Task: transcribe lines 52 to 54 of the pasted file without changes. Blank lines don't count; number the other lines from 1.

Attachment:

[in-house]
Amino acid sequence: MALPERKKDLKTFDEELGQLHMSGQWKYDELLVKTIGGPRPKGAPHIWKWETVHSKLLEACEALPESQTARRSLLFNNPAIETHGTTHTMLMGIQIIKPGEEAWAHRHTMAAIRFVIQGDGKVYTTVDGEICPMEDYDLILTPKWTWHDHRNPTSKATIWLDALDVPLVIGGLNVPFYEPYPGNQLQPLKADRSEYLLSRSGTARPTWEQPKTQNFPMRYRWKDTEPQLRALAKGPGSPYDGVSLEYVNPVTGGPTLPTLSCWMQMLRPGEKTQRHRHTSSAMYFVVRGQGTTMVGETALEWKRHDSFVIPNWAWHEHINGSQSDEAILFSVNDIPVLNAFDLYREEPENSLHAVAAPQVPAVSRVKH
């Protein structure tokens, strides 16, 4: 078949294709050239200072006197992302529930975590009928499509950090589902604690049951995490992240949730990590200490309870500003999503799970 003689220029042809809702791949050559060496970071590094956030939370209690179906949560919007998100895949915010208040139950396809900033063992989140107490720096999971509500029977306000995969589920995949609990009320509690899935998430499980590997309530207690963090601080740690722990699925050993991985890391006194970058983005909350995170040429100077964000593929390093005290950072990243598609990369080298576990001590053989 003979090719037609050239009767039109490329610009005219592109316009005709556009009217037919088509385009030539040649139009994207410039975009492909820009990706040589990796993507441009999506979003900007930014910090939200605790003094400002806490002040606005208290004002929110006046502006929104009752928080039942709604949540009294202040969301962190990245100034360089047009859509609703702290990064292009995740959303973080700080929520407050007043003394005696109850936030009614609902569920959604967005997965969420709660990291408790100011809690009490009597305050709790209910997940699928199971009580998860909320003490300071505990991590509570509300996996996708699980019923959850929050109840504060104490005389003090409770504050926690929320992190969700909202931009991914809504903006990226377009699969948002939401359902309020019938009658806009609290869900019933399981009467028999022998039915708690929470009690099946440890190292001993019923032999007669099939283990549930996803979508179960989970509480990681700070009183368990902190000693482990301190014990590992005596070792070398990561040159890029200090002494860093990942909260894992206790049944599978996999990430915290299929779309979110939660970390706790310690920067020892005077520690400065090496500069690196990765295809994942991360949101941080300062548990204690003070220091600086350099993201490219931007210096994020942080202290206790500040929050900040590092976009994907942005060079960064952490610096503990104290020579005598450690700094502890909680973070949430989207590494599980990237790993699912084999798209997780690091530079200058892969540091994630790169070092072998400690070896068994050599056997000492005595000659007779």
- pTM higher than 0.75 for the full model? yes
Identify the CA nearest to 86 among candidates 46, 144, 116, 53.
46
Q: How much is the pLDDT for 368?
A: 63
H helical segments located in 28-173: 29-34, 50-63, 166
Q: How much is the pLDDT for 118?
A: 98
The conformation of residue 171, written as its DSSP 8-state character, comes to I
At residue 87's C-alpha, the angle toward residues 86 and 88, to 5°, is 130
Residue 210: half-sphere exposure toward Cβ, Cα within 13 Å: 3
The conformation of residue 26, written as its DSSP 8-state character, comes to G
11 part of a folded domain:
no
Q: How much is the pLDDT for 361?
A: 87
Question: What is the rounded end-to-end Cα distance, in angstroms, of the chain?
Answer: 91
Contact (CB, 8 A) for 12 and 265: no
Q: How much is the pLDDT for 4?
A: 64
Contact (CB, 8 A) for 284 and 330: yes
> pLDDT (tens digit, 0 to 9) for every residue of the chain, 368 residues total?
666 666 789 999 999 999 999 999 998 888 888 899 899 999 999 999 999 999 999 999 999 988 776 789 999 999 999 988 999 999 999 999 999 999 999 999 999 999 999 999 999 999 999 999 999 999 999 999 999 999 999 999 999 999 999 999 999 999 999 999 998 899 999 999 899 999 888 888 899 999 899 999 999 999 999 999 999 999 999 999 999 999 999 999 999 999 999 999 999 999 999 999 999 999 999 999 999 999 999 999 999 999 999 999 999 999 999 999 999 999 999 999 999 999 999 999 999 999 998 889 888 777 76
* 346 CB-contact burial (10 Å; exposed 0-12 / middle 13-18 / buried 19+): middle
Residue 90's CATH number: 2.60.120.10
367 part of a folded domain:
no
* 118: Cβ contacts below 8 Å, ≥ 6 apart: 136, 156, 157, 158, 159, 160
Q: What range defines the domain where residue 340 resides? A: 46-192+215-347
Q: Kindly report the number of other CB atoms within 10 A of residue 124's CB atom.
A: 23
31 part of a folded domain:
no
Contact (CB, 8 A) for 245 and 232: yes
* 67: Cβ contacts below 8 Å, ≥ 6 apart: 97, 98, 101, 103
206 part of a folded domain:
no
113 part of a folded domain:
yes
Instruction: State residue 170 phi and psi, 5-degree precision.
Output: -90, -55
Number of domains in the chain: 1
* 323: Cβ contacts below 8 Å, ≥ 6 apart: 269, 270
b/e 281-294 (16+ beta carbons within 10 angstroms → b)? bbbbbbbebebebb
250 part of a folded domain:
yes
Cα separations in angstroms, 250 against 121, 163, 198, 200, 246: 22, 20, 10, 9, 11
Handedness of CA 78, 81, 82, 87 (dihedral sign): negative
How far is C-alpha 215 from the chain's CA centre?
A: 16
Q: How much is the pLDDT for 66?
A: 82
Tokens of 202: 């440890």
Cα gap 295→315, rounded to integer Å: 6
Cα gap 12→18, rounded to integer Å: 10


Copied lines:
Handedness of CA 78, 81, 82, 87 (dihedral sign): negative
How far is C-alpha 215 from the chain's CA centre?
A: 16